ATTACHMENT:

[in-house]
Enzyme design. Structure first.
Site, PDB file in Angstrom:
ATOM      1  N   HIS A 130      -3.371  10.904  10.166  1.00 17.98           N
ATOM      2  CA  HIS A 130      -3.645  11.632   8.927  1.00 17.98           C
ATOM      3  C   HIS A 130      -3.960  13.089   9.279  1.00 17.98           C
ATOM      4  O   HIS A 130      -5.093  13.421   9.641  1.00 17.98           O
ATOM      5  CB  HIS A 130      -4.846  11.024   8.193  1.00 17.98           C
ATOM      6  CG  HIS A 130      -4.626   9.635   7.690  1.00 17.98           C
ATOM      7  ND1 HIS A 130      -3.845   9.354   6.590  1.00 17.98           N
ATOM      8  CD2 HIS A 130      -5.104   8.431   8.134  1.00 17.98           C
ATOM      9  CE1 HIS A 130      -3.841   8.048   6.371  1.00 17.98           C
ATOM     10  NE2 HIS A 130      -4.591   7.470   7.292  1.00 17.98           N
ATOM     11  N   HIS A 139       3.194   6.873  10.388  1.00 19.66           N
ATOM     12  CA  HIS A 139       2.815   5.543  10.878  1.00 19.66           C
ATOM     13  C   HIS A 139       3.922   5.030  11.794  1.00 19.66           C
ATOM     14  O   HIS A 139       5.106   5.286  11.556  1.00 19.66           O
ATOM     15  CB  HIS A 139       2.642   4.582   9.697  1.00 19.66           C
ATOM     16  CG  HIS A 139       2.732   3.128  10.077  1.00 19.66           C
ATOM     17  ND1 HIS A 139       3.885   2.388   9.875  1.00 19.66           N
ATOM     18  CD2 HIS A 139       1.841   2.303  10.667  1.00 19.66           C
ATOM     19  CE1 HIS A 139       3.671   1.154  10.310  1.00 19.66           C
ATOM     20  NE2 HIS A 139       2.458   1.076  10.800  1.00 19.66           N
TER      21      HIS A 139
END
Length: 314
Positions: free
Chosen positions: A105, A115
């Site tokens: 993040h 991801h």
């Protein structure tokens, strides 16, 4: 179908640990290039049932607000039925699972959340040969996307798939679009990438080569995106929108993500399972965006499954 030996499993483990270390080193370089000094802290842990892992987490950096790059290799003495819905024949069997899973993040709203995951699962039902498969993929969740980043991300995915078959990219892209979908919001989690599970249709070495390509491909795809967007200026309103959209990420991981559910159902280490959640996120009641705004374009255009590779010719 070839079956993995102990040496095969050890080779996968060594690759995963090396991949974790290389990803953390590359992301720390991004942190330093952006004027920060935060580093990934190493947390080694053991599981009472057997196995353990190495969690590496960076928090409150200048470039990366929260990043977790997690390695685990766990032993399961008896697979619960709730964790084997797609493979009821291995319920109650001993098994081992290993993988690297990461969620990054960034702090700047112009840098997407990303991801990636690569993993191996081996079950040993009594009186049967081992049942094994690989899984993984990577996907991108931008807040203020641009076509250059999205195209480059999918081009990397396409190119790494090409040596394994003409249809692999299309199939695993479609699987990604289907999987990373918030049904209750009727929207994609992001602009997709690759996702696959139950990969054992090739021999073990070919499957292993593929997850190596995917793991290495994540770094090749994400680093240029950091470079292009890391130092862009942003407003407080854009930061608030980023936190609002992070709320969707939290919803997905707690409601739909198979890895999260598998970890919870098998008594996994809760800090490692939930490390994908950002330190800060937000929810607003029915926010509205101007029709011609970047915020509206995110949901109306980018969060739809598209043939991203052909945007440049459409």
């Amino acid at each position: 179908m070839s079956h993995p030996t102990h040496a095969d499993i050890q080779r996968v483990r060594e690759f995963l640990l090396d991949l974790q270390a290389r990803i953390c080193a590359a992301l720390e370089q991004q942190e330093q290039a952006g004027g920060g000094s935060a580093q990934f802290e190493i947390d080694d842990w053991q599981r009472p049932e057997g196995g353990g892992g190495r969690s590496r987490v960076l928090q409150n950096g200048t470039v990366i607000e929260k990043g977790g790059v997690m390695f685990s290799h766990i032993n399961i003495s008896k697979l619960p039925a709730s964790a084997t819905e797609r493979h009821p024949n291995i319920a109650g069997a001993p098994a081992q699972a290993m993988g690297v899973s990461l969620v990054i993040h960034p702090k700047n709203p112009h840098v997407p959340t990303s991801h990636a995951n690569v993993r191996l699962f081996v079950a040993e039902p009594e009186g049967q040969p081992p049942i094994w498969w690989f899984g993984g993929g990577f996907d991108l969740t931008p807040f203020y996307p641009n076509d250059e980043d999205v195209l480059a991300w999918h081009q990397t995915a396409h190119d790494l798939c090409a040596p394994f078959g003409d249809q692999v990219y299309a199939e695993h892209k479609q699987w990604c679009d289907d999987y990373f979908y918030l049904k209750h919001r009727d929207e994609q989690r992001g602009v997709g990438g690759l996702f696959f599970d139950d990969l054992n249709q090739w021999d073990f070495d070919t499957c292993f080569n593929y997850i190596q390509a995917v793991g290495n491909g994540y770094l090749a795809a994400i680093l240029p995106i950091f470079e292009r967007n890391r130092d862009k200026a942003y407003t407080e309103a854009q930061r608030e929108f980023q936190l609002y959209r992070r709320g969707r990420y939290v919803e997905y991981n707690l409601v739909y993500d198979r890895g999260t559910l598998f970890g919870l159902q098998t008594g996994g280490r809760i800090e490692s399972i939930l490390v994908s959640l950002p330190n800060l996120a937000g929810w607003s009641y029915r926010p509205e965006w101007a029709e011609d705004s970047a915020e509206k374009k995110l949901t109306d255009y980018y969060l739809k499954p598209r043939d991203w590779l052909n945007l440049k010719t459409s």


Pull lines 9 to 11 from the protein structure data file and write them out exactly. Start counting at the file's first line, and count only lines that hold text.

ATOM      6  CG  HIS A 130      -4.626   9.635   7.690  1.00 17.98           C
ATOM      7  ND1 HIS A 130      -3.845   9.354   6.590  1.00 17.98           N
ATOM      8  CD2 HIS A 130      -5.104   8.431   8.134  1.00 17.98           C